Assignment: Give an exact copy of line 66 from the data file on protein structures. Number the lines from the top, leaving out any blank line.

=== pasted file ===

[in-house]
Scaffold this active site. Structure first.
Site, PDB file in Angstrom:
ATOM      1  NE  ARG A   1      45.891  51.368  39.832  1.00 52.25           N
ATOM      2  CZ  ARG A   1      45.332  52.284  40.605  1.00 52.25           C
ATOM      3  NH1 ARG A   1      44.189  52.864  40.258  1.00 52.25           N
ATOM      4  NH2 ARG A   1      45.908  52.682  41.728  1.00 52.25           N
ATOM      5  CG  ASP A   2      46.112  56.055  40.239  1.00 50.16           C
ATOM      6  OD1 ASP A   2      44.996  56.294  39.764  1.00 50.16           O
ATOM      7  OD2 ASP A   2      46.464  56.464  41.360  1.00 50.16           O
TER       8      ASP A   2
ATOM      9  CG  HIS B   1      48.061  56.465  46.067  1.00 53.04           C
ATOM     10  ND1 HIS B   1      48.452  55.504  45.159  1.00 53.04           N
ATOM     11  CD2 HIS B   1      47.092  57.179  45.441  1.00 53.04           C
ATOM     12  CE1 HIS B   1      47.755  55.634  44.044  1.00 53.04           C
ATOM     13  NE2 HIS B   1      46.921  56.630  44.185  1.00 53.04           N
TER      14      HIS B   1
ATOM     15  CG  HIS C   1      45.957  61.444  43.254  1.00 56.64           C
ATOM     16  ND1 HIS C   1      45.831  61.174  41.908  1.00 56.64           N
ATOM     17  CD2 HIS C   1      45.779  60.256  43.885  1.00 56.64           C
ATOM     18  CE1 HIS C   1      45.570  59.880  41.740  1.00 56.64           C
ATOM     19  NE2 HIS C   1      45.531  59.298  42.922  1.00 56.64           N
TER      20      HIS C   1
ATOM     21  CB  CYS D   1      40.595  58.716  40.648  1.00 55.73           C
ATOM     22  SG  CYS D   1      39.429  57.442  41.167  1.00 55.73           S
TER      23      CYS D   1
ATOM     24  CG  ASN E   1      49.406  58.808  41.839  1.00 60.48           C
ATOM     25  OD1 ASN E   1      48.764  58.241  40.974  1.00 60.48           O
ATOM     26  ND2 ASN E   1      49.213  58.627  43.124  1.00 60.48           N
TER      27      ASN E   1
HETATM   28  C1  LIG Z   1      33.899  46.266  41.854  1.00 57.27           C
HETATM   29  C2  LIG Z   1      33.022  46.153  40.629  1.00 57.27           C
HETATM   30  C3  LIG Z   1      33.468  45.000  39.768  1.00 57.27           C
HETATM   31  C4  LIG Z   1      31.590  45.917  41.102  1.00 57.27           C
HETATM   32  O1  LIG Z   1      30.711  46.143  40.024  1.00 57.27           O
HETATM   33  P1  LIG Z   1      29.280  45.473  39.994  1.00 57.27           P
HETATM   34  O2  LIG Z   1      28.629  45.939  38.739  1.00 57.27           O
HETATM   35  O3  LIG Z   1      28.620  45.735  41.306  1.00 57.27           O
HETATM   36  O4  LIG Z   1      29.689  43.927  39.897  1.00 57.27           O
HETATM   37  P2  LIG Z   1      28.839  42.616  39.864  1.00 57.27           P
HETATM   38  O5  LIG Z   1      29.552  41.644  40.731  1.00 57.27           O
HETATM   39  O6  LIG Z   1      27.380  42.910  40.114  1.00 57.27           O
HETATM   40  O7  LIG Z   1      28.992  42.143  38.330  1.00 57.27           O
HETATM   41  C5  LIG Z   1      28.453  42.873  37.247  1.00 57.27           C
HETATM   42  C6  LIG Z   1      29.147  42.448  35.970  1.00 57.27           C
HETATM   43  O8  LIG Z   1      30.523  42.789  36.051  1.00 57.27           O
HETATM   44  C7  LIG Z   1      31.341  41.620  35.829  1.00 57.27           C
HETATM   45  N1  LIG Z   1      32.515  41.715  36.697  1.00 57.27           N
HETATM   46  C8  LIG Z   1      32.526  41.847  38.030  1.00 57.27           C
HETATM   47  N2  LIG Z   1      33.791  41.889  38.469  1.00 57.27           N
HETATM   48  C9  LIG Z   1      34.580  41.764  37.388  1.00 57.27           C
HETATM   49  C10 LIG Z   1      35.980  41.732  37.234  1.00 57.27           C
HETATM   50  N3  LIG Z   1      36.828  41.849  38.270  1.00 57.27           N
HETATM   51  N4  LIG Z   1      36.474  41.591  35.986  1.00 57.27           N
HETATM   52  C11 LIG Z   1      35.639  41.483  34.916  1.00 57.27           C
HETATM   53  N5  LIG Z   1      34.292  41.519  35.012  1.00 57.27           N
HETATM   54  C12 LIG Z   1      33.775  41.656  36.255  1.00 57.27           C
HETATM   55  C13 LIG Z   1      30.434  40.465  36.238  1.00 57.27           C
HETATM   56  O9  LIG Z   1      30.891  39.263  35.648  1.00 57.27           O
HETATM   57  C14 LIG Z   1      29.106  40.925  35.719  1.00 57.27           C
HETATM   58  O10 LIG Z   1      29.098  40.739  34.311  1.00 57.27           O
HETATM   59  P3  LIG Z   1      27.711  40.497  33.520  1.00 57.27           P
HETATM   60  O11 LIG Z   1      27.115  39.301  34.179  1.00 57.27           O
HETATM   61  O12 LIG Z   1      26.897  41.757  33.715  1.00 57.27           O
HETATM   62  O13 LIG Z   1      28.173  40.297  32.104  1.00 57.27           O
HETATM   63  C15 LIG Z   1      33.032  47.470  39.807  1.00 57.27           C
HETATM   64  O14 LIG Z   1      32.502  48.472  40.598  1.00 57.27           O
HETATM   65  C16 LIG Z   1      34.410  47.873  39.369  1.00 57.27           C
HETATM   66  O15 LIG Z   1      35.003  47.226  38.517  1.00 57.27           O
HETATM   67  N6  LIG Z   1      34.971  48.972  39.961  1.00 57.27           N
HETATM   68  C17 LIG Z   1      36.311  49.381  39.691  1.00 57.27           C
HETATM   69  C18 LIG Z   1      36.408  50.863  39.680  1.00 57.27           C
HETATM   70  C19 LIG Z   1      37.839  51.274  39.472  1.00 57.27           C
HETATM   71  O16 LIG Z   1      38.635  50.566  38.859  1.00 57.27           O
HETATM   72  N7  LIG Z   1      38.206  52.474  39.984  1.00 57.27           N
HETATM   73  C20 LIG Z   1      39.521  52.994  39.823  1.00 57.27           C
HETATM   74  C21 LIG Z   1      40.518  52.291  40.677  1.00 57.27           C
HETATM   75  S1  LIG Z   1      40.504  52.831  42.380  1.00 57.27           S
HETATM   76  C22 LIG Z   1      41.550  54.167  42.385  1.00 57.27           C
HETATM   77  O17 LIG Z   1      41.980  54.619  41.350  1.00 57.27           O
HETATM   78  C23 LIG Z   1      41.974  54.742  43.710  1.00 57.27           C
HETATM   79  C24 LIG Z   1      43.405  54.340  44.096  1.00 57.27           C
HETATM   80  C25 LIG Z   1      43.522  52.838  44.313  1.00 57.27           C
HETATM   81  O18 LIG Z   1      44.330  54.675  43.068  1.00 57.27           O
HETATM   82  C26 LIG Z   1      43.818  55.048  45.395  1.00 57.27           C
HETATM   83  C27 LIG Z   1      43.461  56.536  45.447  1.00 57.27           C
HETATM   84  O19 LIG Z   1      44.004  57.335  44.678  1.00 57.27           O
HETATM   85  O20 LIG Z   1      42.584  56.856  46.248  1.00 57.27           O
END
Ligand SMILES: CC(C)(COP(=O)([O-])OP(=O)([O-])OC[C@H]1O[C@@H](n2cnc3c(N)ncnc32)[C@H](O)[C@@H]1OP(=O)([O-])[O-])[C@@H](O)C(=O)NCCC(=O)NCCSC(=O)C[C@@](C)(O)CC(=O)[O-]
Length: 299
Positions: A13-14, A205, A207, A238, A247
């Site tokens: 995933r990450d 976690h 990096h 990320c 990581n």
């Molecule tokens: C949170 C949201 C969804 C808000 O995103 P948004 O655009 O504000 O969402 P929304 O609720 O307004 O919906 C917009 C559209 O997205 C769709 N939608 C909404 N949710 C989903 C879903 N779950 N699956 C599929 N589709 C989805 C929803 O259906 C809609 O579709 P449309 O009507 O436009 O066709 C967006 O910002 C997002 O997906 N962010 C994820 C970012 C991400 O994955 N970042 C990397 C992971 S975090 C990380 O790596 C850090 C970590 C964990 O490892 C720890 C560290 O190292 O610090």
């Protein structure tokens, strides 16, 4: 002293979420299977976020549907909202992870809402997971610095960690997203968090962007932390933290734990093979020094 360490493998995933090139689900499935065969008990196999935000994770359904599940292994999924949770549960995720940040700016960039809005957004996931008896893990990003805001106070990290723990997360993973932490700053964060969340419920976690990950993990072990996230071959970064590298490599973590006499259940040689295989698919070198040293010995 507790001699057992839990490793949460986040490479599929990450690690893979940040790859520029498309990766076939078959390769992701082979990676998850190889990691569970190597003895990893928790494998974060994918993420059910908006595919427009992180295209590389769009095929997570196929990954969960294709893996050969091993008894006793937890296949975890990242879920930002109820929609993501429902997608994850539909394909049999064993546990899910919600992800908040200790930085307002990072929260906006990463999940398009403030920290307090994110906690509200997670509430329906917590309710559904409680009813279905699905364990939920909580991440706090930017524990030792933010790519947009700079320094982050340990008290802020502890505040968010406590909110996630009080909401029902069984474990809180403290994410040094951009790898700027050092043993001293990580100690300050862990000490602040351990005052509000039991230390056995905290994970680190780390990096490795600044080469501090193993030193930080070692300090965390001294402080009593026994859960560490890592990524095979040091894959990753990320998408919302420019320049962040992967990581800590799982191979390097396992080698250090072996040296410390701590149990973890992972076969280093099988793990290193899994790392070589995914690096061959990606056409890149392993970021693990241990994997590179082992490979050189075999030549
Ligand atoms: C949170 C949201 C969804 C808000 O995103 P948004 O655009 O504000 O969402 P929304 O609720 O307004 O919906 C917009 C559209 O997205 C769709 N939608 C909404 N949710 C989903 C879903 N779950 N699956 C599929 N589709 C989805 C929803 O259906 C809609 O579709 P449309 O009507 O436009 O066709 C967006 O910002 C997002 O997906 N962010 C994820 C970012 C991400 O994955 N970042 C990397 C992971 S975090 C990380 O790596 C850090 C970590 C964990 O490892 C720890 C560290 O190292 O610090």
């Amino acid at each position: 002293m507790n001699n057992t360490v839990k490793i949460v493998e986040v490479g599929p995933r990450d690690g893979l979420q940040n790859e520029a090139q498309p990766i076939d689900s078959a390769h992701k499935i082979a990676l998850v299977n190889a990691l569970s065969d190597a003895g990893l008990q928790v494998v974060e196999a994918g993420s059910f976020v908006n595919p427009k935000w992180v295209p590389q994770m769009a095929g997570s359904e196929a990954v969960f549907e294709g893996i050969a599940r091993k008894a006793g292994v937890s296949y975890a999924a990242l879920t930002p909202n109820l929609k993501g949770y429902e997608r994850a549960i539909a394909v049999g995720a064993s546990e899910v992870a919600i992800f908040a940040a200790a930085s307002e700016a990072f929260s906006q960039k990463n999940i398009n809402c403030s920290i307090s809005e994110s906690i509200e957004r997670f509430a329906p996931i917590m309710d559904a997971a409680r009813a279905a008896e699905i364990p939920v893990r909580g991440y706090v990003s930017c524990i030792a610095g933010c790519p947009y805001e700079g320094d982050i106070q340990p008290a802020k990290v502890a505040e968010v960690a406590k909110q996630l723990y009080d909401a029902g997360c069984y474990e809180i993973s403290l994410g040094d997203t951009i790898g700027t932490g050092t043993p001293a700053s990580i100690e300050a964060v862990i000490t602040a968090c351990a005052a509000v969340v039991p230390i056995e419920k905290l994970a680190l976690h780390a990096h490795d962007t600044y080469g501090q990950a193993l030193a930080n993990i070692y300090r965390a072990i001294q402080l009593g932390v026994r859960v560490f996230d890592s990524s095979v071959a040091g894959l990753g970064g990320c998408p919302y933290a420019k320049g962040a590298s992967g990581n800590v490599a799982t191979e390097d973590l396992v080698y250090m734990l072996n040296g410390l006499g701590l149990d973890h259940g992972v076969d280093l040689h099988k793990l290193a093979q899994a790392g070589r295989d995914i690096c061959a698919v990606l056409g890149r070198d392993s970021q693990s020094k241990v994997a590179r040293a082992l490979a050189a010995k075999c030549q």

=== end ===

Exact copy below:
HETATM   63  C15 LIG Z   1      33.032  47.470  39.807  1.00 57.27           C